Canada's top doctor warns against relying on herd immunity to reopen economy


Well-known member
Dec 12, 2018
Canada's top doctor says there isn't enough evidence to back herd immunity as a way to reopen society, as Quebec's premier is considering the approach to restart his province's economy.

"The idea of ... generating natural immunity is actually not something that should be undertaken," Canada's Chief Public Health Officer Theresa Tam said Saturday, urging people to be "extremely cautious" about the concept.

Herd immunity is conferred when enough people in a given population have been infected with a virus, marking them immune to reinfection and slowing down the rate at which the virus spreads on its own.

The World Health Organization (WHO) published a brief Friday stating that there is "currently no evidence" that people who have recovered from COVID-19 and have antibodies would be protected from a second infection, but clarified Saturday that most people infected would end up with "some level of protection."

Tam rejected the suggestion that in the absence of a vaccine, some members Canada's population could offer protection to society's most vulnerable.

"Even a young person might get severely sick or get into the ICU, so it's not a concept that should be supported," she said.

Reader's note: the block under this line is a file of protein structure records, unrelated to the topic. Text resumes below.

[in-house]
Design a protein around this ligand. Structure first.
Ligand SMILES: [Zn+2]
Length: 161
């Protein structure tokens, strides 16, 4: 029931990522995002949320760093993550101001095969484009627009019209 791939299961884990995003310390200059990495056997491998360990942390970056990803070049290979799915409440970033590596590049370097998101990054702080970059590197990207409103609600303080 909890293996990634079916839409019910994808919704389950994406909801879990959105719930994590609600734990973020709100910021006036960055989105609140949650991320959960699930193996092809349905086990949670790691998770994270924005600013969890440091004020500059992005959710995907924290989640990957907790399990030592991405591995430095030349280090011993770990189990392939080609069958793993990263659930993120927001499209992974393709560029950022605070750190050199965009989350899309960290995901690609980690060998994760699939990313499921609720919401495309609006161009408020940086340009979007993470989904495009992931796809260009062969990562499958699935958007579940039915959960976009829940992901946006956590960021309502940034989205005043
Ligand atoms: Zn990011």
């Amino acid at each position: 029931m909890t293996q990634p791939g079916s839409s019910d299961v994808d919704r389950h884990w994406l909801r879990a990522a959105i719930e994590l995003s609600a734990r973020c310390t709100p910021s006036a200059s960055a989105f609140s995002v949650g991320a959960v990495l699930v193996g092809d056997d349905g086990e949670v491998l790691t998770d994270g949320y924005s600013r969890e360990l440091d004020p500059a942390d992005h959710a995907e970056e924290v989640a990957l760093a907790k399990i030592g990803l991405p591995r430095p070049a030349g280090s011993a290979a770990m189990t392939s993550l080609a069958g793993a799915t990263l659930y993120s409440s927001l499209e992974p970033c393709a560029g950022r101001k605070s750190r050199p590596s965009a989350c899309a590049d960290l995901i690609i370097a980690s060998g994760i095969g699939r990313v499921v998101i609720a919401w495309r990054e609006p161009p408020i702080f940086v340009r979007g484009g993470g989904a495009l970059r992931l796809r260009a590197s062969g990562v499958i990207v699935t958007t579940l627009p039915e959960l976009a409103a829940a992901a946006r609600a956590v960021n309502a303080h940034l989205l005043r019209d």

The prime minister said Saturday that those plans do not rely on using immunity as an interim form of protection.

"In the approach that we're taking very carefully around the provinces and across the country on looking at reopening, I don't believe that there are any plans that hinge on certain people or individuals being immune or having immunity to COVID-19," Trudeau said.

The federal government has committed millions of dollars toward a new COVID-19 immunity task force focused on researching immunity testing and developing a vaccine — something Tam said is still in its early stages.

"Until we have those answers, we need to... err on the side of more caution," Trudeau said.

'Immunology' of the virus not known

Allowing people with protected immunity status back into society has captured international attention, with countries like Chile moving to issue "immunity passports" to those who have recovered from the virus.

The passes have been touted as a way to gradually exempt people from restrictions put in place to limit the spread of COVID-19, permitting them to return to work, attend mass gatherings or even travel across borders.

But Tam warned that research on whether immunity is possible — and how long it might last — remains murky.

"It is a very novel virus," she said. "We don't understand the immunology of this virus very much."


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